Aug. 11th, 2013

piranha: red origami crane (Default)
ocean, with front deck of kayak in left lower corner,  a rocky point in the middle, and the mainland mountains in the background

but they were probably a foot and a half, just short of white-capping. i went to blue heron park, and while the bay was relatively sheltered, out in the strait there was a bit of a wind, which, together with the incoming tide, produced some nice waves. which were great fun to paddle in; i'd power on out towards a tiny islet, and then "surf" back in with the waves at my back. an hour and a half didn't even seem that long.

i'm coming to the conclusion that cardio-focussed exercise for weight loss is something of a bogus proposition. not that i am kayaking for weight loss (or doing anything for weight loss), i'm just keeping a log of food intake for heart reasons right now, and making some observations. kayaking for an hour and half at the activity level i am doing it burns off about 500 kcal. walking every day for 40 min at ~3mph burns off 250 kcal. changing my diet to one with a lower glycemic load has reduced my caloric intake by ever so much more. i couldn't possibly exercise at the level at which, for example, cutting out most refined sugar affects me, and now i seriously doubt anyone can but those who are already very fit.

weirdly enough, this makes me feel good. *heh*. for most of my life i've been reasonably active -- not athletically, but i've steadily walked, hiked, swum, canoed, with only some excessively sedentary periods. and people used to think of me as a couch potato, because i've always been overweight. i sorta chafed at that. ok, i wasn't fast, or particularly strong, but i had decent endurance, and i did most definitely not lounge on my couch all day long (more likely in my computer chair anyway). i've been equally fat when i was reasonably active as when i hibernated in front of my computer all winter long. i've been in very different shape, however. so yeah, going for "health at any size" is the only message that makes sense to me after observing myself and my interactions with food and exercise for decades.

i've mostly opted out from reading size/fat shaming anything (easy to do only if one no longer watches mainstream tv or reads mainstream papers/magazines). and i no longer see dr. weightloss-uber-alles ("i don't understand why your cholesterol levels are so good"). i've got my blood pressure and blood sugar levels down with diet changes, not with increasing exercise past a daily walk. but i still carry some of those dumb messages with me, and it's good to see it confirmed that they ARE dumb.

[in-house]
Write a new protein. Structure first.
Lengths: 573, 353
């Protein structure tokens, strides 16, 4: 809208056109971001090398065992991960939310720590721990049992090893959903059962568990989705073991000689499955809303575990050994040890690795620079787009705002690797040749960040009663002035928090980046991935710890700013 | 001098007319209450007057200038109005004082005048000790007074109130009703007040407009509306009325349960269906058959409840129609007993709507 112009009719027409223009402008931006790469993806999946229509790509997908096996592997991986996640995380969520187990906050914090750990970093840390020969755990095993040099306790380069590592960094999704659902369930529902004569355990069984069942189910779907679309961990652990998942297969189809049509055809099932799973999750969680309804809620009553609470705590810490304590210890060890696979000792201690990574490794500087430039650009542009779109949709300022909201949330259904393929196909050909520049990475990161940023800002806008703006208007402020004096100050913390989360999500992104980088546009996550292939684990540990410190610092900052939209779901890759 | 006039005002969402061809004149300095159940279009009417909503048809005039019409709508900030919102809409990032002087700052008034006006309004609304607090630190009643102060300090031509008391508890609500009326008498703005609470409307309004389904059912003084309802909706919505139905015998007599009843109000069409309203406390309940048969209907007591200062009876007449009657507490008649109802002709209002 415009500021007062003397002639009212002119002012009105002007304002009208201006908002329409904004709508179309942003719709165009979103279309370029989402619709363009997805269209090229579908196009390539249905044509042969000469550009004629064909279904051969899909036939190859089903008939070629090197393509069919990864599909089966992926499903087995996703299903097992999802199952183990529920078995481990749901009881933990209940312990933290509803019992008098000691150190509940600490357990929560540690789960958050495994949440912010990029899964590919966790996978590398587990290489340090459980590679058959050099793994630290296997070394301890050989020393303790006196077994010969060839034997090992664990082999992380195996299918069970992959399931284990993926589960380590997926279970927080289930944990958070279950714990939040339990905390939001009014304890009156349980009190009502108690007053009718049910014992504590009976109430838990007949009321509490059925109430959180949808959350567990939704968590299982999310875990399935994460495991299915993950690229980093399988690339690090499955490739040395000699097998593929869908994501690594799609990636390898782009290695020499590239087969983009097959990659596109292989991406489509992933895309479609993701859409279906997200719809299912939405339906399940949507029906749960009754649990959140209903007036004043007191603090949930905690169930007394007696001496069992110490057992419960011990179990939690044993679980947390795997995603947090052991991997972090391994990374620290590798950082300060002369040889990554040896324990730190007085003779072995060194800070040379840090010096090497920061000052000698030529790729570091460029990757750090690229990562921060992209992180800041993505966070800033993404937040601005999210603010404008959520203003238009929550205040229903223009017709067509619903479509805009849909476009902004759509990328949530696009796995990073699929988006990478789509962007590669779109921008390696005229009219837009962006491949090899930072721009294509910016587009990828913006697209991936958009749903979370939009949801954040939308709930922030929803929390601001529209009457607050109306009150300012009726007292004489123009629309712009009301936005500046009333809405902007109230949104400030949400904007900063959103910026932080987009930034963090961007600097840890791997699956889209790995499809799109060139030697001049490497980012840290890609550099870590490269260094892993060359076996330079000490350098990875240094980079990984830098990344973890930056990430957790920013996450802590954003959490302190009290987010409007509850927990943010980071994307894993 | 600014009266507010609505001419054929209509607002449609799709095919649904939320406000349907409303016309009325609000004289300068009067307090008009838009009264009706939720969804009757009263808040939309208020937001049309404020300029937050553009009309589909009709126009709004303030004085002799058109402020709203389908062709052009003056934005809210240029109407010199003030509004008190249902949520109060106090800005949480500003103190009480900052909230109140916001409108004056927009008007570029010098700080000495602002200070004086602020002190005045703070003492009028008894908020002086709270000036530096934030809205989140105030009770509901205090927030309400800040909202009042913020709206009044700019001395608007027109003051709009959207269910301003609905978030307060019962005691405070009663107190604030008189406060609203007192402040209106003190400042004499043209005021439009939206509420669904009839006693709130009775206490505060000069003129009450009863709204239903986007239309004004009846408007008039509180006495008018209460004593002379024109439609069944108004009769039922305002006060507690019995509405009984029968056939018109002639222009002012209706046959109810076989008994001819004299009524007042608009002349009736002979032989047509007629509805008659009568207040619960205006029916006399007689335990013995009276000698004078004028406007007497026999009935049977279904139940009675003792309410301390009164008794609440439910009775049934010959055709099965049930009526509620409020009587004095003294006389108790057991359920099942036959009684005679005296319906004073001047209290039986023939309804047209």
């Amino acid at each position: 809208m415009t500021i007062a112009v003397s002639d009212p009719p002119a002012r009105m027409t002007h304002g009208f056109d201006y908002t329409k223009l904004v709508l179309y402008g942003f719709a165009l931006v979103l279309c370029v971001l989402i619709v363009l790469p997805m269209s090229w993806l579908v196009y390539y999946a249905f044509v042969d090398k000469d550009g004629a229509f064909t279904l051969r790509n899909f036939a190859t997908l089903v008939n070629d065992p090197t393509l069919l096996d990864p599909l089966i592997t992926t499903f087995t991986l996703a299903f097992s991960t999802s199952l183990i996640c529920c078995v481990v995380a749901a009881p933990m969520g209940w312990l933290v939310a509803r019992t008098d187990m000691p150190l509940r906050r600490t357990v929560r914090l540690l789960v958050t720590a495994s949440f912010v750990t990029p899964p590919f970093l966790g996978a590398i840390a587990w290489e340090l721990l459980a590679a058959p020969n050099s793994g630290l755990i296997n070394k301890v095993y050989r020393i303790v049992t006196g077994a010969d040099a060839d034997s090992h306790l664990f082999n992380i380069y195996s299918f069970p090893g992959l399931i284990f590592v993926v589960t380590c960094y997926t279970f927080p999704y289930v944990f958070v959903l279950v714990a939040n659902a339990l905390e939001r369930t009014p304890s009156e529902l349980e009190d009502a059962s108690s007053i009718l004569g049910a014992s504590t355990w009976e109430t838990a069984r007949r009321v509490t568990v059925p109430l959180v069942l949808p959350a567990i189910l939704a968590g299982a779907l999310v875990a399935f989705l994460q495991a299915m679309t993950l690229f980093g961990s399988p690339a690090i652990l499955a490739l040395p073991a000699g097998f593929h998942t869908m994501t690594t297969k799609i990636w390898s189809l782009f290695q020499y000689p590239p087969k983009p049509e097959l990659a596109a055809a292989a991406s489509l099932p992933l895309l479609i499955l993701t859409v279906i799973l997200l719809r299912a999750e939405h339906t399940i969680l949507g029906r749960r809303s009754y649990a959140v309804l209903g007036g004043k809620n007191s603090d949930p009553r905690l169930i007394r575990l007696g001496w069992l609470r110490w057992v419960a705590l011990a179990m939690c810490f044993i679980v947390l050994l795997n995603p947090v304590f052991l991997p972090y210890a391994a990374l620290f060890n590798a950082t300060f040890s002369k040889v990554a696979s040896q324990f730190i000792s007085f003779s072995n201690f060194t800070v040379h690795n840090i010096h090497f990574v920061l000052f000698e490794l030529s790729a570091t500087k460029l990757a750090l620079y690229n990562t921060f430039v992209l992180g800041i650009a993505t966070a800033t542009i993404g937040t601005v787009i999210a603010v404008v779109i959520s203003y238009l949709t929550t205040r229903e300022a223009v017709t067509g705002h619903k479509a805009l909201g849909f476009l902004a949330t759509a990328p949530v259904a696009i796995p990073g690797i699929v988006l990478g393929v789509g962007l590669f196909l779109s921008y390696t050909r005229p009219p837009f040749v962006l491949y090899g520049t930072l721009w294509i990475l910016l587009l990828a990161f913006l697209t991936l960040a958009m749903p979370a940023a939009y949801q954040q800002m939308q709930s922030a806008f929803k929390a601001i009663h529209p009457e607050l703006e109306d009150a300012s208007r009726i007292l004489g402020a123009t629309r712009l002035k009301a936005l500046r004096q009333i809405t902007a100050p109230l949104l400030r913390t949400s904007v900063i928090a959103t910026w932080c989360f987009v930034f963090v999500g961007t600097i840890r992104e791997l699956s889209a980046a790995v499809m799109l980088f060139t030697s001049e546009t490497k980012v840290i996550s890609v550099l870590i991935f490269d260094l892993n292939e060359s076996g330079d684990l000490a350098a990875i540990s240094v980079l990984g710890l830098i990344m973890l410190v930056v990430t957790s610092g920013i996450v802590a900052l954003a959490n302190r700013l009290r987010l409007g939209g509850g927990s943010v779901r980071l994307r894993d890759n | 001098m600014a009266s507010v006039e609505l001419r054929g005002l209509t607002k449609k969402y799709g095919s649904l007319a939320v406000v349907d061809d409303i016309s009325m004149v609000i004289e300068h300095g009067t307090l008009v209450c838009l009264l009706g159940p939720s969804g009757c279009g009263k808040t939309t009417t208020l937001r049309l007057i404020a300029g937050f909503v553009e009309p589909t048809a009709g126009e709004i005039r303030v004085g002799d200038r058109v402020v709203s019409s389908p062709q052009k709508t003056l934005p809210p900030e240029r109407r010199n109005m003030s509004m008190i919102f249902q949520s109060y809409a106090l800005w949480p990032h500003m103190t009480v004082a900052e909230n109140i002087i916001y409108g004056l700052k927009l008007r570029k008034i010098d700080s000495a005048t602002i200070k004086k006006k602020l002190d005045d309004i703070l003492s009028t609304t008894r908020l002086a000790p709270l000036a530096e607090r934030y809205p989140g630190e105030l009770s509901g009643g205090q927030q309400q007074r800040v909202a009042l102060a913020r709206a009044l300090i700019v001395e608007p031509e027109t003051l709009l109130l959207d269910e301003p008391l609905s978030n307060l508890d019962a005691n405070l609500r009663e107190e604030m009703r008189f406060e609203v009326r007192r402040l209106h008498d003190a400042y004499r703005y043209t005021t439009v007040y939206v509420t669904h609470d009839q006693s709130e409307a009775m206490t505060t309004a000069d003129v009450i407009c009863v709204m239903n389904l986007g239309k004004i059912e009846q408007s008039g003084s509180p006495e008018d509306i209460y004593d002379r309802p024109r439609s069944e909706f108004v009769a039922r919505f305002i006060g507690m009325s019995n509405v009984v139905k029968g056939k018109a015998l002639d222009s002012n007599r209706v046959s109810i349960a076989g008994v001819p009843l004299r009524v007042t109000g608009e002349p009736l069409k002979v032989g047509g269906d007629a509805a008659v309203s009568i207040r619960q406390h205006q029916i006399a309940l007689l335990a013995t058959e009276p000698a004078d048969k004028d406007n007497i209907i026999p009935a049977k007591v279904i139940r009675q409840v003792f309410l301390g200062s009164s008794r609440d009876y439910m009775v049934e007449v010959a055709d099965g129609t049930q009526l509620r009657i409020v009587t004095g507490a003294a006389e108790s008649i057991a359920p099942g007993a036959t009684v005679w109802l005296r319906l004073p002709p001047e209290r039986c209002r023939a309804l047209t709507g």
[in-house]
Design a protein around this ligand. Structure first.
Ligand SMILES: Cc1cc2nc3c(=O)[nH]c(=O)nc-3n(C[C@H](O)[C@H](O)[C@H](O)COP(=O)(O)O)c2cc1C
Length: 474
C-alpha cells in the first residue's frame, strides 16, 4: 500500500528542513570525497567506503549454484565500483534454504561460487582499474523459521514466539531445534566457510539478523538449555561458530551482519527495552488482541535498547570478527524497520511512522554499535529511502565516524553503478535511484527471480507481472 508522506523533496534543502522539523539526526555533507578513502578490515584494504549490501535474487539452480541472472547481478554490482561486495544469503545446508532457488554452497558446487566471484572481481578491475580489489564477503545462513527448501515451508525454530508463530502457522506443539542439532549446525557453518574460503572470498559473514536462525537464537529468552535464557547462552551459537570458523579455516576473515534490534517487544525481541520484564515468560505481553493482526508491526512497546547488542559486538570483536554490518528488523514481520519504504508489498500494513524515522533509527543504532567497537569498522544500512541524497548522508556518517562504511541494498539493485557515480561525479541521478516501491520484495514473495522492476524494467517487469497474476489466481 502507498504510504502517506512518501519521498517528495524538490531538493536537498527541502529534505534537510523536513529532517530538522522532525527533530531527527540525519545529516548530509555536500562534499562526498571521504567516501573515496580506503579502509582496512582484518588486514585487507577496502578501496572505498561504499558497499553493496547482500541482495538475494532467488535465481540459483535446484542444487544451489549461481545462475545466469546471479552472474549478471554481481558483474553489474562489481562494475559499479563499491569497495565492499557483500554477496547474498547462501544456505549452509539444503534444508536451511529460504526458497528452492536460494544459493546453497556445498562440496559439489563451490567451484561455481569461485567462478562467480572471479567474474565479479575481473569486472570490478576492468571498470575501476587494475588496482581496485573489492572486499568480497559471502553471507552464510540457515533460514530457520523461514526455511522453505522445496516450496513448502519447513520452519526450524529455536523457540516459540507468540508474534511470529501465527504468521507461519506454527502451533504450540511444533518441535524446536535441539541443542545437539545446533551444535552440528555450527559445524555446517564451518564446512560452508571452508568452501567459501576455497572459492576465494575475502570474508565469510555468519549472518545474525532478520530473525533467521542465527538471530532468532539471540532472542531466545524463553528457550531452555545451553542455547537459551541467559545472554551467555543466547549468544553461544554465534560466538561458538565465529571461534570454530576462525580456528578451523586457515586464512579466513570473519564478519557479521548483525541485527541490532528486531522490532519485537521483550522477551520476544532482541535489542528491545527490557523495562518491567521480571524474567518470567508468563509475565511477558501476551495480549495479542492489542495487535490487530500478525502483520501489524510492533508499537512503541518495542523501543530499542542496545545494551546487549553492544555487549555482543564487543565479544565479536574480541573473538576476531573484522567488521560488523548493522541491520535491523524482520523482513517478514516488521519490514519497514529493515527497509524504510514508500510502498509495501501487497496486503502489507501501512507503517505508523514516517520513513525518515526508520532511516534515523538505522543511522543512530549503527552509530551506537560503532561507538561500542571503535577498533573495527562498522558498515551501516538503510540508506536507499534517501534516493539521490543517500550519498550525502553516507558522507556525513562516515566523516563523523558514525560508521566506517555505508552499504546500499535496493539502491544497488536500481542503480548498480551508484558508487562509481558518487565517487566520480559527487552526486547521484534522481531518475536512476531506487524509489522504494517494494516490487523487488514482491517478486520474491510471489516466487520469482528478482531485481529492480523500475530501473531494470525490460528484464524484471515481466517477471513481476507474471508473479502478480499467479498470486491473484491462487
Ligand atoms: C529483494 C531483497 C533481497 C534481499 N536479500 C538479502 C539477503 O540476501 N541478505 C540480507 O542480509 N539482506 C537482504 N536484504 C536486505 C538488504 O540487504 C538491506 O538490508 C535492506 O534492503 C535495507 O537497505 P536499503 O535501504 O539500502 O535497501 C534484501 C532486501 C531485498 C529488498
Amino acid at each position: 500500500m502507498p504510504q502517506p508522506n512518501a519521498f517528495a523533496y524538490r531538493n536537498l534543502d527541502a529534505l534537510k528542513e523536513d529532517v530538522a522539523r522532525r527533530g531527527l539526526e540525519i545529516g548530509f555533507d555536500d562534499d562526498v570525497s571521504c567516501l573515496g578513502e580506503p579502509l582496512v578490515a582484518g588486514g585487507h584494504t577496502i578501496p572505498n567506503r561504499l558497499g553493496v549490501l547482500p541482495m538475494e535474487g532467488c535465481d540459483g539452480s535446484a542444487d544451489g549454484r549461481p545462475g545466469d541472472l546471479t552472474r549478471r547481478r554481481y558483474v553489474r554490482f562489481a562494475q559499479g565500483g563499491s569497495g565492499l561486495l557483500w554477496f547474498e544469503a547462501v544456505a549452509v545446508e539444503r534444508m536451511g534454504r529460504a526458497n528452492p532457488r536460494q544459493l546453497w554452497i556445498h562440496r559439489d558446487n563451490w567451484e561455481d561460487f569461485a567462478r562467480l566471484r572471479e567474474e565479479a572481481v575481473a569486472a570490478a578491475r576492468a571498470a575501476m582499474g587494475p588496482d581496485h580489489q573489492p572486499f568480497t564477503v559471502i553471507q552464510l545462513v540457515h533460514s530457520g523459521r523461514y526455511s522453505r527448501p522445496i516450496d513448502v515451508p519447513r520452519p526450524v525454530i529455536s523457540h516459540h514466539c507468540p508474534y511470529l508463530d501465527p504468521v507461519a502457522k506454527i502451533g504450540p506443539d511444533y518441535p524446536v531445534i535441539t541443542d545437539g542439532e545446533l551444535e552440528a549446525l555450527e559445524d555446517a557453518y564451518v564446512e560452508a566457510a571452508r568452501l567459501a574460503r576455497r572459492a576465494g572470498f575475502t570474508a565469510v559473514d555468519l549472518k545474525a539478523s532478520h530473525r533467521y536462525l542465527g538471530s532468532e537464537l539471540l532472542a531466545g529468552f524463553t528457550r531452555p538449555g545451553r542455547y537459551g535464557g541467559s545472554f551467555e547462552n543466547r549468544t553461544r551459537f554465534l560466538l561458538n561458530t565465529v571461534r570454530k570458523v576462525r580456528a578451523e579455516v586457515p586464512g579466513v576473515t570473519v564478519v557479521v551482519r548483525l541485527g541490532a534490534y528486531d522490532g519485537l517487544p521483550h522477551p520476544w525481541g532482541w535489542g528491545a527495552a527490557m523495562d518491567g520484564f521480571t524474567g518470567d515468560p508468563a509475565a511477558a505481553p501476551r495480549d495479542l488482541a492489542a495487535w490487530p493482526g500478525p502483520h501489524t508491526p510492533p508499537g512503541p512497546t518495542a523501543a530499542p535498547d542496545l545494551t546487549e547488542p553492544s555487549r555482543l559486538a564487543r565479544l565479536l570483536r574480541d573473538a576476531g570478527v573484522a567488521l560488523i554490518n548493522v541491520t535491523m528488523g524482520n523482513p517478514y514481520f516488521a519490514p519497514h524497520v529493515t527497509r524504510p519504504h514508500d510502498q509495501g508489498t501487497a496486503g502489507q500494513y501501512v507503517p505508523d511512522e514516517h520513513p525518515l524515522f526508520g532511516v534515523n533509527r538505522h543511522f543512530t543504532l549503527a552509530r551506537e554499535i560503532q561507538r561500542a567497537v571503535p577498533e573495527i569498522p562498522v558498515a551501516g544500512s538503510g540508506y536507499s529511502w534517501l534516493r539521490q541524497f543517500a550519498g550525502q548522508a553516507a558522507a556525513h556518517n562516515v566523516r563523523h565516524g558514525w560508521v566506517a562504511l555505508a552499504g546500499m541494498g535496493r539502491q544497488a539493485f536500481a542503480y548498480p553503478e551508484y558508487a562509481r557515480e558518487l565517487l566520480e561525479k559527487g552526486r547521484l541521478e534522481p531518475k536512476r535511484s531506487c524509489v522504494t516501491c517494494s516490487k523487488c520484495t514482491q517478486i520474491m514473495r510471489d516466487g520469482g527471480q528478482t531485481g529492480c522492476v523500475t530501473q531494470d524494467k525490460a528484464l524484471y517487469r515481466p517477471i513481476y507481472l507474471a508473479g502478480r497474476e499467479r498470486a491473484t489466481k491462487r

piranha: red origami crane (Default)
but i am sort of thinking of joining a gym, and consulting a personal trainer.

i went to a gym for a while once before, decades ago, but the experience was as horrible as high school sports -- with the wonderful exception that i could actually get the hell out of there when i had enough. and i had enough pretty quickly. disparaging looks from fit people, patronizing "advice" from staff, too damn much focus on weight loss, and me caring way too much about exposing my clumsy, ugly body to ridicule. yeah, i didn't fit in real well in LA and its particularly toxic culture of idealized appearance in general.

but i want to get in better shape, and my own attempts at doing so are always fizzling out when i hit a physical setback (the depression doesn't help). i've never done any weight training, and i think it'd be good for me (certainly good for kayaking). i don't just want to get some free weights for myself because i am worried i won't get the form right; i've watched videos, and i think this is one thing where having a teacher right next to me correcting my posture would be better at the start. i want to be stronger, more flexible, more agile, and develop better balance, so a yoga/pilates class would probably also be good. i need somebody who'll get after me when i start to slack, because relying on the paramour or the *poing* to nag me is not something i want to do to our relationships. but i don't want that person to yammer on about "ideal weight" and such crap. i'll never be my "ideal weight" (which i think is bogus anyway), and while i wouldn't mind dropping 30 lbs (because my knees and ankles will be happier), that is not my primary goal.

i've learned a lot since my bad experiences, and i no longer care much what other people think about my body, though i still prefer to struggle with it privately. i know many of the negative signs to watch out for, and i found one gym locally that might be a good match (not ideal, but that would be improbable); their list of good reasons for exercise doesn't even mention weight loss, they feature a safe harbour decal in the sidebar and mention repeatedly that all are welcome, they have a private studio for individual training sessions, and one of their trainers is a woman who was heavy and out of shape into her early 50s -- who, as opposed to the usual athletic go-getters, might actually have some insight into my issues. i like that their pictures feature real members (of varying sizes), not some stock images with plastic smiles, or photos of ripped fitness models.

any of you members of a gym? any tips, concerns, etc? questions i should ask? this is the place. any warning signs?


piranha: red origami crane (Default)
renaissance poisson

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